Cassandra Speaks: Women and Our Right to A New Form of Power
It’s time we talked about what power looks like for women, and how we claim our right to power—specifically a new feminine form of power.
Elizabeth Lesser, one of the founders of The Omega Institute and the author of the book Cassandra Speaks, has hosted a conference called Women and Power for years. In the early days, people “politely suggested that we not use the word power in the title— that the word was a turn-off; it was too controversial; that women didn’t relate to it; that it scared people.” The idea of power, for women, was something that intimidated and scared people. But why?
For centuries, we’ve told men’s stories, and we’ve told stories about masculine power. That power looks like power over other people, like strength, coercion, domination, and defeat. Women have fought for years to do all the things that men have done, Lesser writes—to vote, to lead, to have sex, to lead universities and companies and societies, to have babies, to leave the house, to leave marriages.
“We climbed, we competed, we conned, we controlled. We did what we had to do in a power structure we had not created, by rules we had not devised, to get our collective foot in the door.”
But along the way, in our effort to attain basic human rights, she argues, “we forgot to protect another right. And that is the right to be exactly who we are, wherever we are. The right, the prerogative, to be proudly and instinctually female as we help set the agenda for human culture and society.”
What if your natural power doesn’t look like what you think it should look like?
What’s missing in the conversations about power is entire other half of what power can look like. We’re steeped in stories, models, and visions of only the masculine models of power. In our culture, we see power over people, and dominating, controlling, or co-ercing as forms of masculine power that many women don’t feel called or compelled by. That’s because we don’t talk about the full range and scope of what power is.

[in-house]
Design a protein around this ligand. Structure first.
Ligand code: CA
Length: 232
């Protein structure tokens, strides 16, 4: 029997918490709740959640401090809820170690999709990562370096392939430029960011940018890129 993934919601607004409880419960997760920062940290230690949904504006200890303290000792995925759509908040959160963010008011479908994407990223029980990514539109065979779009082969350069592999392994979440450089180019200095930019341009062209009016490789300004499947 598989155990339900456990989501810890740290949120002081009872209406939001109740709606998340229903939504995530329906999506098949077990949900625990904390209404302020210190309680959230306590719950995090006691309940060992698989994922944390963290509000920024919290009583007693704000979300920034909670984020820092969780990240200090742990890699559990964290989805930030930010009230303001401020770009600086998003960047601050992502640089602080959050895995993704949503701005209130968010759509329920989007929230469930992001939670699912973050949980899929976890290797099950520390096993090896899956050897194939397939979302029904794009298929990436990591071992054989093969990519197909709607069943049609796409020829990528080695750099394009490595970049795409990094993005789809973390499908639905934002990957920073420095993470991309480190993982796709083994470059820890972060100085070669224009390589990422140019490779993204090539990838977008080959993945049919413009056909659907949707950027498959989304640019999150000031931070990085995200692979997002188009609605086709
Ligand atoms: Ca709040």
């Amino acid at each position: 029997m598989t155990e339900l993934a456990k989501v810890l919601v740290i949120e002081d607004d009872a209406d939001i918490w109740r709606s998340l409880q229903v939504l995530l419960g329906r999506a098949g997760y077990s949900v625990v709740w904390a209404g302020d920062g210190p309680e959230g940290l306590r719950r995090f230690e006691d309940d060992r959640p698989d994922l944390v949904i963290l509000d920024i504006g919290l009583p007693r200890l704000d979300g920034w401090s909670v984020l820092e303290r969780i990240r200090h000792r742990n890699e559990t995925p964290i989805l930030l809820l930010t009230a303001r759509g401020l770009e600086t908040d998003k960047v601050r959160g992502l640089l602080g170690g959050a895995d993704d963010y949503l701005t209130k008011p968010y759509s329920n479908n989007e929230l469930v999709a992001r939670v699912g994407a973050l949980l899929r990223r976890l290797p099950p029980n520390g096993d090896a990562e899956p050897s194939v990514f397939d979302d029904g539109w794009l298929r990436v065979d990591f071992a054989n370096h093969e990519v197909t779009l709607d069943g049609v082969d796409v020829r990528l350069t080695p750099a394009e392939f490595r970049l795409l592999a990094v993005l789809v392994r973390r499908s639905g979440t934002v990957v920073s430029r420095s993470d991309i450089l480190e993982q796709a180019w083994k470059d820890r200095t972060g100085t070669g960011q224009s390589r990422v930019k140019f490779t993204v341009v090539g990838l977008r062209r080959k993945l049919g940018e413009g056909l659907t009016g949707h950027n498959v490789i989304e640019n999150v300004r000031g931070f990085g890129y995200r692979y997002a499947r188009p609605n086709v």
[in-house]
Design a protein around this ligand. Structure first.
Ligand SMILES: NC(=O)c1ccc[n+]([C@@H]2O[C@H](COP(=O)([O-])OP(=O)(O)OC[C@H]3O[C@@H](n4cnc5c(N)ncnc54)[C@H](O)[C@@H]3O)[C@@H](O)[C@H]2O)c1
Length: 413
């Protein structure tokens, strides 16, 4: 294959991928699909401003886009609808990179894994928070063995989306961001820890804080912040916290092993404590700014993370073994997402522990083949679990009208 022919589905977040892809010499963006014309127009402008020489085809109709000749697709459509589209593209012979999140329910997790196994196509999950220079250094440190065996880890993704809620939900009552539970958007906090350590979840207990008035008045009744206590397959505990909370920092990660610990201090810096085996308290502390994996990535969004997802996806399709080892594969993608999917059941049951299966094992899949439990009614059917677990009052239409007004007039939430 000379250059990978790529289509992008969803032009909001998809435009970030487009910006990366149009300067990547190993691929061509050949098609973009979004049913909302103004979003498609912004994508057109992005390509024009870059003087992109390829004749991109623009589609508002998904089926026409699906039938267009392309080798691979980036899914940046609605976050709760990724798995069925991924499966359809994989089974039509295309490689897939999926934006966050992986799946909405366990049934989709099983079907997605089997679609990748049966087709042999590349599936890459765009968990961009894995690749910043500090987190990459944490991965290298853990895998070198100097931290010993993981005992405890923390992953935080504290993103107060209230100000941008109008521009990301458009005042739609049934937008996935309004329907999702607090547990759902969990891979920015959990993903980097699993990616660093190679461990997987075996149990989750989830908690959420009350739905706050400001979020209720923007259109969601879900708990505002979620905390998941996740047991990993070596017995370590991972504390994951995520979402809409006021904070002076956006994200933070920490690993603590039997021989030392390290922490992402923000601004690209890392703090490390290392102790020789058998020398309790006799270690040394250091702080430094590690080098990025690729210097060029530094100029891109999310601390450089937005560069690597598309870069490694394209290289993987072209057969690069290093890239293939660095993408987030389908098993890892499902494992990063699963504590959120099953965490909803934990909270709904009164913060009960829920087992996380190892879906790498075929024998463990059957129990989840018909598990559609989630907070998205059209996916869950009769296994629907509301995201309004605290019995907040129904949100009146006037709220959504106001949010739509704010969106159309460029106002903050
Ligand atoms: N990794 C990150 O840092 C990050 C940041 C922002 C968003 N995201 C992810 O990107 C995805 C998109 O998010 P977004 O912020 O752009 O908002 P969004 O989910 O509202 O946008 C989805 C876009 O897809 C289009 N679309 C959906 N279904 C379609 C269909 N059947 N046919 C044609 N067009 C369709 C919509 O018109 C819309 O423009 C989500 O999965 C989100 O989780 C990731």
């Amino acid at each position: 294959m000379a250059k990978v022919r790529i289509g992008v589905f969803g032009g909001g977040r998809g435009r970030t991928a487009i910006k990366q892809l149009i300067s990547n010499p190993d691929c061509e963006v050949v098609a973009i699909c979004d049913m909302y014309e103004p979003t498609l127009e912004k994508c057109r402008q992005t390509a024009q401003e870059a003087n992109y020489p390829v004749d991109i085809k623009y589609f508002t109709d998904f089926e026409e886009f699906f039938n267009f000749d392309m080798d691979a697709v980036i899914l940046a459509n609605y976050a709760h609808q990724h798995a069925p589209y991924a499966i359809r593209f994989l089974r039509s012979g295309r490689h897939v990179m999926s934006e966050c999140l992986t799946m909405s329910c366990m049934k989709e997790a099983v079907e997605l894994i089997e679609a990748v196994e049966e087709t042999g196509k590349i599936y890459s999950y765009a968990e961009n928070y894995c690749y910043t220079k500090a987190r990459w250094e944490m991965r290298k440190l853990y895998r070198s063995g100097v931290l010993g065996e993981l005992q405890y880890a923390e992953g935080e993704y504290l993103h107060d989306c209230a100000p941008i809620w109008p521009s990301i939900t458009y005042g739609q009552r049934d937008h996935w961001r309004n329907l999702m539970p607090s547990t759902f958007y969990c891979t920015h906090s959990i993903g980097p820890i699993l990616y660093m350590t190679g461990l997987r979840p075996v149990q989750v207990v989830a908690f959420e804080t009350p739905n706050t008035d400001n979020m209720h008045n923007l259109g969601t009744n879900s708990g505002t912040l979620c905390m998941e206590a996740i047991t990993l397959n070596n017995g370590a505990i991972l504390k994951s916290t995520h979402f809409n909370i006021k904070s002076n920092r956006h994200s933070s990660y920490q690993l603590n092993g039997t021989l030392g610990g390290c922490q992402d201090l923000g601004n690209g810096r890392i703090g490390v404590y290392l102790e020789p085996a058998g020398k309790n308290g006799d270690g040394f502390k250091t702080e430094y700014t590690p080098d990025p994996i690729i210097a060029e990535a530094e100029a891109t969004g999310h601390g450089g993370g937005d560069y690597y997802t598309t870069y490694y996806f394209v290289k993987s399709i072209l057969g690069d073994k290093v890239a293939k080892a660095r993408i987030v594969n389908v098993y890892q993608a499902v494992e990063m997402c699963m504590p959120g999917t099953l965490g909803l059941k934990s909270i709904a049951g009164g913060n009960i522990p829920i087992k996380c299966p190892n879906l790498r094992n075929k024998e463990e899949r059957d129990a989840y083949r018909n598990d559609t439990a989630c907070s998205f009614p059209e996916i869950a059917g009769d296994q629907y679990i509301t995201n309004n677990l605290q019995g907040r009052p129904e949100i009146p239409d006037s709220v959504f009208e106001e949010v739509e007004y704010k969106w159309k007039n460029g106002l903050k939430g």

Conversation and community are not just nice-to-haves. They are survival tools, they are resilience tools, and they are also a form of power.
So often we think about connecting with other people as something we should do after work, or post-work, or somehow in the “extra time” that happens on the weekends. (I never know where that time goes, frankly.) One of the reasons that men are traditionally able to leverage up in power is because of the social circles and clubs that they run in. These clubs are all powered by the after-work happy hours, conferences, business lunches, business dinners, and weekend golf tournaments that bolster and support the work weeks. Working women—specifically mothers—are largely stripped of this time and flexibility.
Connection, conversation, communication, nurturing, empathy and the ability to love others is a form of power.
Weaving stories, connecting ideas, giving people space, creating community bonds, nurturing and strengthening each other, and forming empathetic relationships are part of the code of feminine power. This is not something exclusively in the domain of women—it’s available to everyone—but we have left this right in the dust in our quest for masculine power.
“It is time to actualize what Dr. King said: What is needed is a realization that power without love is reckless and abusive.”
Your call to power is a call to embrace both forms: to build your relationships and your network; to deepen your conversations; to build your community, and to rise in asserting yourself, too. We need women to embrace both forms of power and to accept the responsibility to wield and use your power for good. Have you claimed your full power?